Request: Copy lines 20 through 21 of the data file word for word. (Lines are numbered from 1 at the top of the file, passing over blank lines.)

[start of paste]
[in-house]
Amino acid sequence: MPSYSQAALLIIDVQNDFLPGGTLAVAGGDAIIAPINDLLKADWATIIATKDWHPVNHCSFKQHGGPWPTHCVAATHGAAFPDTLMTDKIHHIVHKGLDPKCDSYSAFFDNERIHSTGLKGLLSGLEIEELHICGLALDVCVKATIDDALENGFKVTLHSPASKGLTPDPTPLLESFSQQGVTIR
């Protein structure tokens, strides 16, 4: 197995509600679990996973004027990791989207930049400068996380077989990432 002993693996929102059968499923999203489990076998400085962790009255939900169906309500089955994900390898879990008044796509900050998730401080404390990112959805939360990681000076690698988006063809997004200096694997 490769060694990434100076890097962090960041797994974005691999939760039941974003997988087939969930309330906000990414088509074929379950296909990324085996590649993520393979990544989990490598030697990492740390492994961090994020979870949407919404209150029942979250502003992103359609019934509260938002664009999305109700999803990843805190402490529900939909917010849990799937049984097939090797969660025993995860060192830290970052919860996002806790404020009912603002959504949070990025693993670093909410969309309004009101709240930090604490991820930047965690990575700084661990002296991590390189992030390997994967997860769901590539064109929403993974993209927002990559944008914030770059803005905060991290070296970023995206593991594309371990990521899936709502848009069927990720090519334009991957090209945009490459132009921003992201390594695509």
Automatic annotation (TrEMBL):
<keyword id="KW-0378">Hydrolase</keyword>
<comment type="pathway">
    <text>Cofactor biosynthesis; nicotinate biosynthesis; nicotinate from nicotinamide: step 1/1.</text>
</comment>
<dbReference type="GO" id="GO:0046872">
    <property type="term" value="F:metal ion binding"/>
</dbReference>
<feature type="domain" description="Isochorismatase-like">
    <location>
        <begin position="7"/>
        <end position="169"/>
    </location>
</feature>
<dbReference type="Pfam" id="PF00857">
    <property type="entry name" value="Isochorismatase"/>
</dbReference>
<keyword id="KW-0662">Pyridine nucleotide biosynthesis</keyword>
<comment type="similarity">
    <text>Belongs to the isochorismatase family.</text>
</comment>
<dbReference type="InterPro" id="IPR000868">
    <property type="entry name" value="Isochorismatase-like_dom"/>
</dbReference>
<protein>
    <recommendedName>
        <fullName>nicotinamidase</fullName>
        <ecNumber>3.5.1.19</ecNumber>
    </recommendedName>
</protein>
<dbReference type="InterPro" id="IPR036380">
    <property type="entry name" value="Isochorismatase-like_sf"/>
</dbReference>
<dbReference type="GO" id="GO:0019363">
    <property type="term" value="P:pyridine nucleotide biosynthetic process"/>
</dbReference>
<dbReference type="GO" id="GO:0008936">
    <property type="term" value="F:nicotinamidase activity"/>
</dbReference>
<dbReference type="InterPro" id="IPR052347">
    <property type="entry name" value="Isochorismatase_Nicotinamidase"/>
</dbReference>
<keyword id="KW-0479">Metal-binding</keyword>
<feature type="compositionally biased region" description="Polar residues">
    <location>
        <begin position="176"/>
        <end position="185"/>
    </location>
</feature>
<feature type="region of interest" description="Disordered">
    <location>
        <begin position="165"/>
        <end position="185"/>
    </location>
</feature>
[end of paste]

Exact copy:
</dbReference>
<keyword id="KW-0662">Pyridine nucleotide biosynthesis</keyword>